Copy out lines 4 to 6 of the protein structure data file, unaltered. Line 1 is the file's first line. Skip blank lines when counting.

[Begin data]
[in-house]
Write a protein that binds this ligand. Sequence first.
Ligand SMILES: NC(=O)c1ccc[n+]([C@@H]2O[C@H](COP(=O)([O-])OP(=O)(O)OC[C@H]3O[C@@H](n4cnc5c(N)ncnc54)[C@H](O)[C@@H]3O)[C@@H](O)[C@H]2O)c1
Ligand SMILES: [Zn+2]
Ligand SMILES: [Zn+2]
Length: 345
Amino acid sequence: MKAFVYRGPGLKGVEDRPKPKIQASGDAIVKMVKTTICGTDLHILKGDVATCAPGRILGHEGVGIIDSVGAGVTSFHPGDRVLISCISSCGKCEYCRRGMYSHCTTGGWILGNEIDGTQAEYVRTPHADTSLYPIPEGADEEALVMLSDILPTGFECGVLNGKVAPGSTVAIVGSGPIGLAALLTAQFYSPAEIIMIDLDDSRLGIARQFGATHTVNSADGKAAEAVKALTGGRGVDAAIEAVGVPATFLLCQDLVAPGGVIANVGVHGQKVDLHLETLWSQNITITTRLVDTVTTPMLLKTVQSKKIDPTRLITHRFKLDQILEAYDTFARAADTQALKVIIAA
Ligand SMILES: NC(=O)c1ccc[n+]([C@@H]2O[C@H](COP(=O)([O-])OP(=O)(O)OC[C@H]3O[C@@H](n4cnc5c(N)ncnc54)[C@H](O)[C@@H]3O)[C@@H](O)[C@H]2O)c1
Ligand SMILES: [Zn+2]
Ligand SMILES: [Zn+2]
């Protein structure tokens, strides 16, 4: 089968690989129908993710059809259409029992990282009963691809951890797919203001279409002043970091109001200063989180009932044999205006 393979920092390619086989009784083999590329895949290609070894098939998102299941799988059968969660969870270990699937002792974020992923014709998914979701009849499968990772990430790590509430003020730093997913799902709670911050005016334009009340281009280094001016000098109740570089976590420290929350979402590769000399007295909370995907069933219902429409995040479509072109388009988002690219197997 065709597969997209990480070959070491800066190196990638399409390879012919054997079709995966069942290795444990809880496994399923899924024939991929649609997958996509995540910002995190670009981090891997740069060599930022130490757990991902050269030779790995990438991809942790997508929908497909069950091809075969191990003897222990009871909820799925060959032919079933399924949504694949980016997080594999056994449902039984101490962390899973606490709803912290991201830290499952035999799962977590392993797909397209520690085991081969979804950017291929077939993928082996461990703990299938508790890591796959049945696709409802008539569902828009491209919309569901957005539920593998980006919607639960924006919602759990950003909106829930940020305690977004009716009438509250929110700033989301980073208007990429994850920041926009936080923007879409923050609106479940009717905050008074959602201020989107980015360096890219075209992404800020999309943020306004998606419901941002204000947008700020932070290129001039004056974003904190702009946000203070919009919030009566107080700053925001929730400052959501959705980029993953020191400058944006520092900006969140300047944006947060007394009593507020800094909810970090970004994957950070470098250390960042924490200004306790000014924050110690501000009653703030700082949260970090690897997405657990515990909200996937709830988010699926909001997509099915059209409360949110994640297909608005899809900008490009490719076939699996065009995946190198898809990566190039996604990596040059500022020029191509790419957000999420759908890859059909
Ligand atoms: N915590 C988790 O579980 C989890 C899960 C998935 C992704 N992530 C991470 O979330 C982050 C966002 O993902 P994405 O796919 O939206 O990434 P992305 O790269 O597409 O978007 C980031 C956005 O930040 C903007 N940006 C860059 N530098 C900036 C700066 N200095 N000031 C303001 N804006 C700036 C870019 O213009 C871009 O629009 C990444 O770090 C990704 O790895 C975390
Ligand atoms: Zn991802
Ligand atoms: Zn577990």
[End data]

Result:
Ligand SMILES: [Zn+2]
Ligand SMILES: [Zn+2]
Length: 345